Rawls had "good" junior film but it was the senior stuff Scout's Allen Trieu found "outstanding." That outstanding blow up lasted six games and Rawls got injured, potentially terminating interest from teams around the region. Trieu believed Wisconsin and Iowa would be "real options" down the line just before his injury.
Interest from elsewhere or no, he ended up at Michigan. Let's see what we've won. ESPN($):
… physically imposing back with good downhill attributes. Hits the hole with authority and flashes good downhill burst and momentum. Quick to see and hit the cutback. A decisive and aggressive runner who is constantly heading North with square shoulder pads and good lean. … Does not have real loose hips but can redirect sharply and jump-cut the first defender through the hole. … . Runs low to the ground and dips the shoulder through traffic making it difficult to get clean shot on him. Shows an extra gear and when he breaks free into the second level to separate initially but does not project to have ideal long-speed or great elusiveness as a major college back. Breaks consistent first contact but did not see the pile pushing power we were expecting.
They say he "can contribute" and slap a decided meh on his rating. Touch the Banner:
… big kid with thick legs, built powerfully and low to the ground. He has patience and allows blocks to develop in front of him, which also shows good vision to see cutbacks and running lanes. Perhaps the most impressive thing about him as a high school runner is the way he keeps his shoulders facing north and south when he makes his cuts; this allows him to break some tackles that other running backs wouldn't.
…Michigan fans might not like me for saying this, but Rawls reminds me of Kevin Grady. … Perhaps Rawls can contribute at fullback or in goal line situations at Michigan, but I'm not expecting Rawls to be a star for the Wolverines.
Analysis: Rawls just looks like a running back. He's stocky, has a low center of gravity and he runs powerfully. He breaks arm tackles, has good balance and a north-south style where he does not waste a lot of time going laterally. He's able to make cuts and bounce off defenders at full speed and get himself going back towards pay-dirt. He has good speed and can break the long runs and also shows good hands in the passing game. …
Verdict: Michigan, I think, got a steal here. You watch the film and it's hard not to be impressed. He's a tough kid with speed and he's underrated as a receiver. It will be tough to keep him off the field for long.
I'm going to start calling him Allen Fred Trieu-Jackson if he keeps this up.
It seems like Michigan coaches are on Trieu's side. Rawls has been informed he will not redshirt and Jackson spent most of his time at media day talking up his freshmen. That's kind of a giveaway, though, since they'd had the pads on for like a day at that point and Justice Hayes is a spread guy no one expects to play much. Motivation there, and then the general unreliability of Fred Jackson assessments. I wouldn't read too much into that, or expect Rawls to see much playing time this year. Down the road it will depend on just how many tackles he breaks.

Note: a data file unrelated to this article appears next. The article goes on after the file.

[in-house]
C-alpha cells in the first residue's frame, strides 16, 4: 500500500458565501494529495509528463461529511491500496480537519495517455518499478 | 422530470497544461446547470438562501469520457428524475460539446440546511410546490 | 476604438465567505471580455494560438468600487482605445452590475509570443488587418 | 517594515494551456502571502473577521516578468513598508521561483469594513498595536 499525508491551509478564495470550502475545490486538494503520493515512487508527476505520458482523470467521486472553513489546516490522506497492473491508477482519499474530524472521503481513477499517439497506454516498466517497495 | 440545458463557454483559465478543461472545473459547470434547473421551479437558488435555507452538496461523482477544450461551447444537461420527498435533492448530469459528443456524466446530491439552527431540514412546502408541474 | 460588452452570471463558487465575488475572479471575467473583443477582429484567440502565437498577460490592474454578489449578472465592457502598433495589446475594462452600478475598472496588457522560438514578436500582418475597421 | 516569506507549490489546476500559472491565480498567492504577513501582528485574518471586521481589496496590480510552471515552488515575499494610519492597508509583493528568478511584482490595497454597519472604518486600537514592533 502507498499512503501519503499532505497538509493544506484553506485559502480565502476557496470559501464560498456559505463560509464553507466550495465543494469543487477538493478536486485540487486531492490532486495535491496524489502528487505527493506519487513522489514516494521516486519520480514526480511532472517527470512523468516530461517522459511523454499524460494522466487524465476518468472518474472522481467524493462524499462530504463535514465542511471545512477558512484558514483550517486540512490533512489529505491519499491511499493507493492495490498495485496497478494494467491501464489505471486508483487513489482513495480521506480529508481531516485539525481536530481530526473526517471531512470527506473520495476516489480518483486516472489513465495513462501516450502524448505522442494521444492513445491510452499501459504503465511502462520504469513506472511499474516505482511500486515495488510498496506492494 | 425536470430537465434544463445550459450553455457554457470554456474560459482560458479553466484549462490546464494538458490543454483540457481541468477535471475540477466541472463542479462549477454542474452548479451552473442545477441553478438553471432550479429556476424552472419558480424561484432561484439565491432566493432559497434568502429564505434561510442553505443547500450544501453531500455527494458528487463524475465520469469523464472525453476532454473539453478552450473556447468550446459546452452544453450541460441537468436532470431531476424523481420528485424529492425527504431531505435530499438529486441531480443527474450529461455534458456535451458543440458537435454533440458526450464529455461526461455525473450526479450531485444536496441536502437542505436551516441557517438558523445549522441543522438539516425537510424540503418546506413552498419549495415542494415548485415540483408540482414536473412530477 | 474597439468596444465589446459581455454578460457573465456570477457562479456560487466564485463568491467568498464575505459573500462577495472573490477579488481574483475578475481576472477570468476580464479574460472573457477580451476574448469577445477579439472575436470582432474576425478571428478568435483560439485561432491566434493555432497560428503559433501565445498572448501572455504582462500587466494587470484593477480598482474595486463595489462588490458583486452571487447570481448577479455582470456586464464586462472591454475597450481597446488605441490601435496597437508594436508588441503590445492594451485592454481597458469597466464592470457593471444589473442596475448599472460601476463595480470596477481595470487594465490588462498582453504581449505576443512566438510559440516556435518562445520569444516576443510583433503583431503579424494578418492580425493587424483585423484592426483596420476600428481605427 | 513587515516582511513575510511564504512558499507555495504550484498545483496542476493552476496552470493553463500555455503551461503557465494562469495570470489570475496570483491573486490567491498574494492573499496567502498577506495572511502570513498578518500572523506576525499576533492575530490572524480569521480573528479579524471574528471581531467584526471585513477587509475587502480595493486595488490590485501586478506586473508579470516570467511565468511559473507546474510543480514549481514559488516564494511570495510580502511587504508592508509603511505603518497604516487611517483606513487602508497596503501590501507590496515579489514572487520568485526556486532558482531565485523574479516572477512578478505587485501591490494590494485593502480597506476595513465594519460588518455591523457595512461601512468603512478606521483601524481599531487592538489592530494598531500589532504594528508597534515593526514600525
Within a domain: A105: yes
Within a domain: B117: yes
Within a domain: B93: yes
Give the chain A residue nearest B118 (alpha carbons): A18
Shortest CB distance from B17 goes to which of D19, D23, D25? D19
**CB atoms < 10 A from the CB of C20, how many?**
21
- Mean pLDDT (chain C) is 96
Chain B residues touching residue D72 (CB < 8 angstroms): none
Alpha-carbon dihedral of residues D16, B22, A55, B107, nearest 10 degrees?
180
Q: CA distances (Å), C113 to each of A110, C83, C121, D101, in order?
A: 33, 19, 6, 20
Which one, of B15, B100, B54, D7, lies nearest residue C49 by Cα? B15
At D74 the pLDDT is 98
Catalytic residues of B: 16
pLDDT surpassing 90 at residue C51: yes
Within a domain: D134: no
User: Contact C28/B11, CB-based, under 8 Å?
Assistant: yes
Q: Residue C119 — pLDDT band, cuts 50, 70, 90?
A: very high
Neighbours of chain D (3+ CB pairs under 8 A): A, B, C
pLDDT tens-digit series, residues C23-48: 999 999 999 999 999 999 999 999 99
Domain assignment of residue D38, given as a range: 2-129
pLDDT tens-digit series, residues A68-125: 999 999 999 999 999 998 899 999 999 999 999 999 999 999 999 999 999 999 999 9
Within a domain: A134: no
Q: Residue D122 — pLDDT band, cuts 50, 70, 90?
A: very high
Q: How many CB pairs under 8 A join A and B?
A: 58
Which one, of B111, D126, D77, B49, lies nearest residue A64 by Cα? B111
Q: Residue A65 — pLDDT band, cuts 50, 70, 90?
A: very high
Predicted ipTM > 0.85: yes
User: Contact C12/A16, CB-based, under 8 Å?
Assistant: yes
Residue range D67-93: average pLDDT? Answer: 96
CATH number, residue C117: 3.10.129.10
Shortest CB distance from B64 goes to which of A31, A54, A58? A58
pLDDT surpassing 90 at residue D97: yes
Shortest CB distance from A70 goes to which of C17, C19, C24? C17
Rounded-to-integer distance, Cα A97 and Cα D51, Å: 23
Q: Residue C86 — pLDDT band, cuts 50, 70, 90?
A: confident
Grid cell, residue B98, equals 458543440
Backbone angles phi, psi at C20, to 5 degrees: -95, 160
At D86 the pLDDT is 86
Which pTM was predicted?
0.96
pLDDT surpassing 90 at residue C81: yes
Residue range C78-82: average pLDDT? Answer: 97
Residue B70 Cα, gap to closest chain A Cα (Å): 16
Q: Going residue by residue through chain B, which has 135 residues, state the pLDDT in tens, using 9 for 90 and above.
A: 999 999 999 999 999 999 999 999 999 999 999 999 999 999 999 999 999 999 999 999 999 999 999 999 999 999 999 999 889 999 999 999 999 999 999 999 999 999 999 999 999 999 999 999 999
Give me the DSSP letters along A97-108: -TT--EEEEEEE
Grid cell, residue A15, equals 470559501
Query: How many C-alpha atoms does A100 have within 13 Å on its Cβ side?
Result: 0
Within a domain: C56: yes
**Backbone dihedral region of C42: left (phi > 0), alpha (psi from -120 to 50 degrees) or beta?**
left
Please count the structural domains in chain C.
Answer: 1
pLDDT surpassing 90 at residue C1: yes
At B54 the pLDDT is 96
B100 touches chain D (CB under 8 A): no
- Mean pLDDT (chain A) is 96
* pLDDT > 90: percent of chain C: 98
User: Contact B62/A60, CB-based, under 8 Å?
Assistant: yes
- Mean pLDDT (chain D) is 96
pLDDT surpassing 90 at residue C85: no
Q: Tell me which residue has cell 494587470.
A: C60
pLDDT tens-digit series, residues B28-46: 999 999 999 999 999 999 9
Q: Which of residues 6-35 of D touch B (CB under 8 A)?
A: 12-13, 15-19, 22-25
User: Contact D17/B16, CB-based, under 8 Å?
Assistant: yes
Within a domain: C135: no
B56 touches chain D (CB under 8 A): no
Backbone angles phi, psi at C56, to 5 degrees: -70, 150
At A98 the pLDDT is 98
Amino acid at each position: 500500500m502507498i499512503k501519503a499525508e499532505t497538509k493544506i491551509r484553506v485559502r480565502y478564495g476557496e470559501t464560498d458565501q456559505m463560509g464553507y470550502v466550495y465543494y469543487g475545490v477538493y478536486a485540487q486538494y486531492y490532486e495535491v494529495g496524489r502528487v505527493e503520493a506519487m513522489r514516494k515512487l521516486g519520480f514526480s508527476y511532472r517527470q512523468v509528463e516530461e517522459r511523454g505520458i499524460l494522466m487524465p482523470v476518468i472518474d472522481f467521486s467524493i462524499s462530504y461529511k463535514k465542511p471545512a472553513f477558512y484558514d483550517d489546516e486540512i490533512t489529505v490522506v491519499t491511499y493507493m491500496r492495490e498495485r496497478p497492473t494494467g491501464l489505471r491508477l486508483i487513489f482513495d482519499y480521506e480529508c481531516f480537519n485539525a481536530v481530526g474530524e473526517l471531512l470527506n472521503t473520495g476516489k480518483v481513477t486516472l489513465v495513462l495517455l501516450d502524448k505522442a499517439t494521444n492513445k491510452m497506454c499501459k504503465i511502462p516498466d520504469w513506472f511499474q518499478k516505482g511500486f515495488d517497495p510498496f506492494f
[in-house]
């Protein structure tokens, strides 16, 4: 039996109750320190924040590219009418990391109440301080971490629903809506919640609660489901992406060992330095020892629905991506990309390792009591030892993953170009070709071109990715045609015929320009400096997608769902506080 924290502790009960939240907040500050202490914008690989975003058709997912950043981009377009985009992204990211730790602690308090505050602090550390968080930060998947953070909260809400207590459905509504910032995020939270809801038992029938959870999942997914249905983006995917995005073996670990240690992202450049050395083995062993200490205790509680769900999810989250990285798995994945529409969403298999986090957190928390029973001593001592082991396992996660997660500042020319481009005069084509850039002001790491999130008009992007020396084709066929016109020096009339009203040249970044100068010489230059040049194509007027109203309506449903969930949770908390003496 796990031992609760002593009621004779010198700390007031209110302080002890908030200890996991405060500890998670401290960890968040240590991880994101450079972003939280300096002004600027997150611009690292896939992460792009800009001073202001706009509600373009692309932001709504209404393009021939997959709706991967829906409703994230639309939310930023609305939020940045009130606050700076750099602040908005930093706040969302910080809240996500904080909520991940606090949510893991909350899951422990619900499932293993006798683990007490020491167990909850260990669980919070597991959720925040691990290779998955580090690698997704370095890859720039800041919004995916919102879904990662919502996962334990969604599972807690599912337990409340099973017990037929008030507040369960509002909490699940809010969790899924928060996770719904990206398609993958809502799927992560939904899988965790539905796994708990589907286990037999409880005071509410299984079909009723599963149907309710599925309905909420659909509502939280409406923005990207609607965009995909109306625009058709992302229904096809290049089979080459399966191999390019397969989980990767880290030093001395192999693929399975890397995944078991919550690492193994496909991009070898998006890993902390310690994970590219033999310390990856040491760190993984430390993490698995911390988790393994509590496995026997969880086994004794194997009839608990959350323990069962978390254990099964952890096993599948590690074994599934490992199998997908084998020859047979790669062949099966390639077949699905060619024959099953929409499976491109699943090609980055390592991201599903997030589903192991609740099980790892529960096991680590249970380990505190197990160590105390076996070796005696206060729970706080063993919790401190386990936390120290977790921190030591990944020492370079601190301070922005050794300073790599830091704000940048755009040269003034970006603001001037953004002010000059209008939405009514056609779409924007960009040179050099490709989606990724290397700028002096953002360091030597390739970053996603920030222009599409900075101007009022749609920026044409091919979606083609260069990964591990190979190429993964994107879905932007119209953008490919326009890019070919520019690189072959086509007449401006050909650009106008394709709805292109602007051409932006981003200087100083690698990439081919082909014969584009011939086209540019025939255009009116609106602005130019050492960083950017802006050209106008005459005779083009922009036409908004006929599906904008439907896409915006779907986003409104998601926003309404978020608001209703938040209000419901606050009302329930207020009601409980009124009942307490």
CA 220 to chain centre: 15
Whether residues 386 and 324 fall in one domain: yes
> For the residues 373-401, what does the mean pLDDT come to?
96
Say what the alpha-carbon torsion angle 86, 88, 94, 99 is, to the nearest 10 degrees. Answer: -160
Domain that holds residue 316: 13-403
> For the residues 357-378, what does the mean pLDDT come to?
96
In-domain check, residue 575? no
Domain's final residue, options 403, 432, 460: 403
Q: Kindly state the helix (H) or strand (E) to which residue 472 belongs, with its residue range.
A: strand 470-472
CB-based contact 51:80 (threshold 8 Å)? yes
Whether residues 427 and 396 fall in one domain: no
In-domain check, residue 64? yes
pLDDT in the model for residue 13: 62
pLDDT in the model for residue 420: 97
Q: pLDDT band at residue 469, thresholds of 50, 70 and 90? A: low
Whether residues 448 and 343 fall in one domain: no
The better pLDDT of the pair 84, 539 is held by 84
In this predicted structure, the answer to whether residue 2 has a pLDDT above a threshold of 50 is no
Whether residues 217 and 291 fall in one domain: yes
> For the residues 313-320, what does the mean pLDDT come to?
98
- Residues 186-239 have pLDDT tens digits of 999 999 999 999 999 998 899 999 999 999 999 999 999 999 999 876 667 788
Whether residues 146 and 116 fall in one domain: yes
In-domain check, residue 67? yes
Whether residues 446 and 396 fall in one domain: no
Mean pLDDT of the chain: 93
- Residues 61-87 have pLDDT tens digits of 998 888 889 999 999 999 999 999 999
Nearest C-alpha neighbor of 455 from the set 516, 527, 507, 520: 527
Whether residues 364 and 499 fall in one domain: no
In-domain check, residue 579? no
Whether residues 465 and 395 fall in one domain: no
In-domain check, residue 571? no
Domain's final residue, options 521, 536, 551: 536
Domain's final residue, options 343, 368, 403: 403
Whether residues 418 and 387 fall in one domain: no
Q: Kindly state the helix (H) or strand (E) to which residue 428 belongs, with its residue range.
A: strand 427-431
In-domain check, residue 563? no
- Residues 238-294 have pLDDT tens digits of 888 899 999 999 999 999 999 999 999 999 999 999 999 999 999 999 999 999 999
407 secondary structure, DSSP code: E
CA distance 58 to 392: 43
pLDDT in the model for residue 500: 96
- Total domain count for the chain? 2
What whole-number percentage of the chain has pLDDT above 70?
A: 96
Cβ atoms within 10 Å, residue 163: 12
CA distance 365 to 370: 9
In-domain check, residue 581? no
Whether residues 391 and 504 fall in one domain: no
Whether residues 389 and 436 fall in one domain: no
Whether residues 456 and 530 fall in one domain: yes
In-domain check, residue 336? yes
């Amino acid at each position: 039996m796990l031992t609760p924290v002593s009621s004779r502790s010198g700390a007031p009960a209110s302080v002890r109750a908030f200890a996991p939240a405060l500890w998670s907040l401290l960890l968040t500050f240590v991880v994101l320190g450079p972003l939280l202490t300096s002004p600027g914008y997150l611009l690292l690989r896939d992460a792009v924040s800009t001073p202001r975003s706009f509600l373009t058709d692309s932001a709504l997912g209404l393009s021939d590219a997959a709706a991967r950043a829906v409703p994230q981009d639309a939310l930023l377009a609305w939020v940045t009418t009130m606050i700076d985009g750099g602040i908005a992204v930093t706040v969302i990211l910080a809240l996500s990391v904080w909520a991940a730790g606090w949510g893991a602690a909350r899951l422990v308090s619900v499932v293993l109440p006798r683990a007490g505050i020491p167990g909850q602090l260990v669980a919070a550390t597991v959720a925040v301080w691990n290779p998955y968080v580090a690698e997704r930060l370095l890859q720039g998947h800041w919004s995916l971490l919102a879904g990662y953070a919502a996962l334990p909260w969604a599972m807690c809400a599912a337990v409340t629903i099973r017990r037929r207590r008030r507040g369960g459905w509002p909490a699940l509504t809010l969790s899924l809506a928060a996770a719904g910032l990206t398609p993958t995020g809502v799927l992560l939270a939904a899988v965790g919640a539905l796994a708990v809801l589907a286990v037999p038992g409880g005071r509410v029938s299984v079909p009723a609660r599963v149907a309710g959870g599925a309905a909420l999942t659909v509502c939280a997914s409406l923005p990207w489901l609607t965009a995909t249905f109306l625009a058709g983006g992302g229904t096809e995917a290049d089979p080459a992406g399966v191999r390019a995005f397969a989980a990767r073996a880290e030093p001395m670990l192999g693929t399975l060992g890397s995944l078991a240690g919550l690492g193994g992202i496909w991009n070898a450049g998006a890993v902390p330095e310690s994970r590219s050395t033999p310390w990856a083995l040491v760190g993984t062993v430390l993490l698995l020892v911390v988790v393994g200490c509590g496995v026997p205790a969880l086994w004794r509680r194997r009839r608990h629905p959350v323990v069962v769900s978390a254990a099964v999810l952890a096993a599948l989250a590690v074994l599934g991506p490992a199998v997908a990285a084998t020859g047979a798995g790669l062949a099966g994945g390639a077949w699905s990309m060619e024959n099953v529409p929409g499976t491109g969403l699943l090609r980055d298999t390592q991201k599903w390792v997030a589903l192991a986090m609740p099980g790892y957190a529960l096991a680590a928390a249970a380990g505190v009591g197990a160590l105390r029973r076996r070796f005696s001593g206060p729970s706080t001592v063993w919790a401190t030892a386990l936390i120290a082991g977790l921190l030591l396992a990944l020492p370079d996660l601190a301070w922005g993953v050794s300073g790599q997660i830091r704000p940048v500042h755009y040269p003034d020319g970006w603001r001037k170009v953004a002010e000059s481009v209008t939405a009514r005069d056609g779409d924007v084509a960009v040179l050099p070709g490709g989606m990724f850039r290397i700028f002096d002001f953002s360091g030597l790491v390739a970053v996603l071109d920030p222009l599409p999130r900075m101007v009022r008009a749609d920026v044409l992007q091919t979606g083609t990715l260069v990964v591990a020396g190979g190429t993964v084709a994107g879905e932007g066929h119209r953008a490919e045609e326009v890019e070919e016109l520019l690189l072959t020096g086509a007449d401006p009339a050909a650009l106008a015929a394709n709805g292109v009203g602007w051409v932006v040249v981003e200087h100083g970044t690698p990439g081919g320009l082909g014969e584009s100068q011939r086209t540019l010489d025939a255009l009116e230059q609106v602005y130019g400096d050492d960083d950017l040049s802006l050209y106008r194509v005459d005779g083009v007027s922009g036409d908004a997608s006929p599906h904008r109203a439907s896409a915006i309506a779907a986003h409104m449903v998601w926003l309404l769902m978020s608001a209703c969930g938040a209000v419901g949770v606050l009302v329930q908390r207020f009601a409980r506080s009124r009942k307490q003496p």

"We're a group of people who get together to watch a movie, with a common interest in all things Star Trek," said Thomas Rawls Jr., vice president of the local fan club, which split from the Peninsula- based USS Jamestown club several years ago to cut down on the tunnel travel. "We're an informal group of people who enjoy Star Trek."
Why Mark Ingram… with more speed? My name is not Fred Jackson.
Okay. Why Kevin Grady? Grady was a squat 215 pound high school kid who racked up tons of yards in high school by running untouched through poor competition and running over 150-pound kids. In college his lack of elusiveness or overwhelming size made him a mediocre straight-ahead runner who was a decent short yardage back and fullback but not a feature guy.
Rawls's film doesn't show a guy who's going to get outside often, he won't have elite breakaway speed in college, and his wiggle ain't wigglin'. His path to production is grinding through the tackles like the ball of knives Grady was always supposed to be.
If he's Kevin Grady in a downhill manball offense that might be a different thing entirely. Michigan switched to an all-zone all-the-time offense in 2006; Grady redshirted the next year due to injury and then stuck it out in the spread 'n' shred. It's possible he would have been a much more useful back if he was asked to run power. Also, Grady's personal issues hindered his development. Rawls is likely to be a better version of his predecessor.
Guru Reliability: Low. Analyst scouting reports vary extensively, and it sounds like the ratings would if not for the grades or the injury. Rawls is also a late riser who didn't make a big splash until he was a senior and was immediately injured afterwards.
General Excitement Level: Moderate. Running backs aren't that hard to rank, and I'm in agreement with the above guys who say he lacks the elite athleticism to be a force in college.He's a smaller version of Hopkins. If he does run as hard as his advocates, say, though…
Rawls is the biggest wildcard in this class. Could be nothing, could be OJ Ingram.